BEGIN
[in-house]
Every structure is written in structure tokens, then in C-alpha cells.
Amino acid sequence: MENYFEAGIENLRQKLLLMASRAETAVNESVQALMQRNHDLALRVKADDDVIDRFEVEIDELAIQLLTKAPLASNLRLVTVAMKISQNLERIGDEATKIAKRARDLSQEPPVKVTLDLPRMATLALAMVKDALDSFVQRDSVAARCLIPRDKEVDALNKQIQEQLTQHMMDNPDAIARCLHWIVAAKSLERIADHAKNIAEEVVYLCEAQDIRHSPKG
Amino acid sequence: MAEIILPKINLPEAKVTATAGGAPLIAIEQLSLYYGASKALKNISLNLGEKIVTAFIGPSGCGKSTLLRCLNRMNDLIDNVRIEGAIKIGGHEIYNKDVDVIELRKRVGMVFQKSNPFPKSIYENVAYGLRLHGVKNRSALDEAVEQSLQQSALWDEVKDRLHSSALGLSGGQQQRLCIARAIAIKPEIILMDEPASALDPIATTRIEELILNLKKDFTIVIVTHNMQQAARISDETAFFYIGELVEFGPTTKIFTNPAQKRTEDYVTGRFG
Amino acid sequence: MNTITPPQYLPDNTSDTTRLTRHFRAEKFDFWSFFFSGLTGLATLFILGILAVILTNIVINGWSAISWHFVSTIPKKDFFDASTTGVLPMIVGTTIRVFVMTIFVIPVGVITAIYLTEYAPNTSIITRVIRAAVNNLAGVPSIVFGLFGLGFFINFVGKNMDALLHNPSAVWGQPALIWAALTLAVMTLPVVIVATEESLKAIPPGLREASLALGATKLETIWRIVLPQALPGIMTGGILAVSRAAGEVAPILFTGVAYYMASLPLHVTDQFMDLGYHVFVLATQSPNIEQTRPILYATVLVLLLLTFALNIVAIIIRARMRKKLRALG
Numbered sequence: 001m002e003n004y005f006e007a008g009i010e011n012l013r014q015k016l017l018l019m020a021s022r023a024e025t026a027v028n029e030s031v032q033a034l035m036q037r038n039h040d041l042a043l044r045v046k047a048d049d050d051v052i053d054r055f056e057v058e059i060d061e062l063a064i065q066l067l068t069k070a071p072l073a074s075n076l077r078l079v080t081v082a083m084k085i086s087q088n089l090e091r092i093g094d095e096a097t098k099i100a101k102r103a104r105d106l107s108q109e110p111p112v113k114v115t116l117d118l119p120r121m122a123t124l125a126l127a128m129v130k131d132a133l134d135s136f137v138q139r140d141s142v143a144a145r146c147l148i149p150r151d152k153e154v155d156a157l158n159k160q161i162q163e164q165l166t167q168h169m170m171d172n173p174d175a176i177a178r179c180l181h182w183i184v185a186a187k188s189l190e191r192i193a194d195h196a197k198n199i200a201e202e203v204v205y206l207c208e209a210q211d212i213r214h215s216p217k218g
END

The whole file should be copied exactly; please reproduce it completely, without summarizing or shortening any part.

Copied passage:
[in-house]
Every structure is written in structure tokens, then in C-alpha cells.
Amino acid sequence: MENYFEAGIENLRQKLLLMASRAETAVNESVQALMQRNHDLALRVKADDDVIDRFEVEIDELAIQLLTKAPLASNLRLVTVAMKISQNLERIGDEATKIAKRARDLSQEPPVKVTLDLPRMATLALAMVKDALDSFVQRDSVAARCLIPRDKEVDALNKQIQEQLTQHMMDNPDAIARCLHWIVAAKSLERIADHAKNIAEEVVYLCEAQDIRHSPKG
Amino acid sequence: MAEIILPKINLPEAKVTATAGGAPLIAIEQLSLYYGASKALKNISLNLGEKIVTAFIGPSGCGKSTLLRCLNRMNDLIDNVRIEGAIKIGGHEIYNKDVDVIELRKRVGMVFQKSNPFPKSIYENVAYGLRLHGVKNRSALDEAVEQSLQQSALWDEVKDRLHSSALGLSGGQQQRLCIARAIAIKPEIILMDEPASALDPIATTRIEELILNLKKDFTIVIVTHNMQQAARISDETAFFYIGELVEFGPTTKIFTNPAQKRTEDYVTGRFG
Amino acid sequence: MNTITPPQYLPDNTSDTTRLTRHFRAEKFDFWSFFFSGLTGLATLFILGILAVILTNIVINGWSAISWHFVSTIPKKDFFDASTTGVLPMIVGTTIRVFVMTIFVIPVGVITAIYLTEYAPNTSIITRVIRAAVNNLAGVPSIVFGLFGLGFFINFVGKNMDALLHNPSAVWGQPALIWAALTLAVMTLPVVIVATEESLKAIPPGLREASLALGATKLETIWRIVLPQALPGIMTGGILAVSRAAGEVAPILFTGVAYYMASLPLHVTDQFMDLGYHVFVLATQSPNIEQTRPILYATVLVLLLLTFALNIVAIIIRARMRKKLRALG
Numbered sequence: 001m002e003n004y005f006e007a008g009i010e011n012l013r014q015k016l017l018l019m020a021s022r023a024e025t026a027v028n029e030s031v032q033a034l035m036q037r038n039h040d041l042a043l044r045v046k047a048d049d050d051v052i053d054r055f056e057v058e059i060d061e062l063a064i065q066l067l068t069k070a071p072l073a074s075n076l077r078l079v080t081v082a083m084k085i086s087q088n089l090e091r092i093g094d095e096a097t098k099i100a101k102r103a104r105d106l107s108q109e110p111p112v113k114v115t116l117d118l119p120r121m122a123t124l125a126l127a128m129v130k131d132a133l134d135s136f137v138q139r140d141s142v143a144a145r146c147l148i149p150r151d152k153e154v155d156a157l158n159k160q161i162q163e164q165l166t167q168h169m170m171d172n173p174d175a176i177a178r179c180l181h182w183i184v185a186a187k188s189l190e191r192i193a194d195h196a197k198n199i200a201e202e203v204v205y206l207c208e209a210q211d212i213r214h215s216p217k218g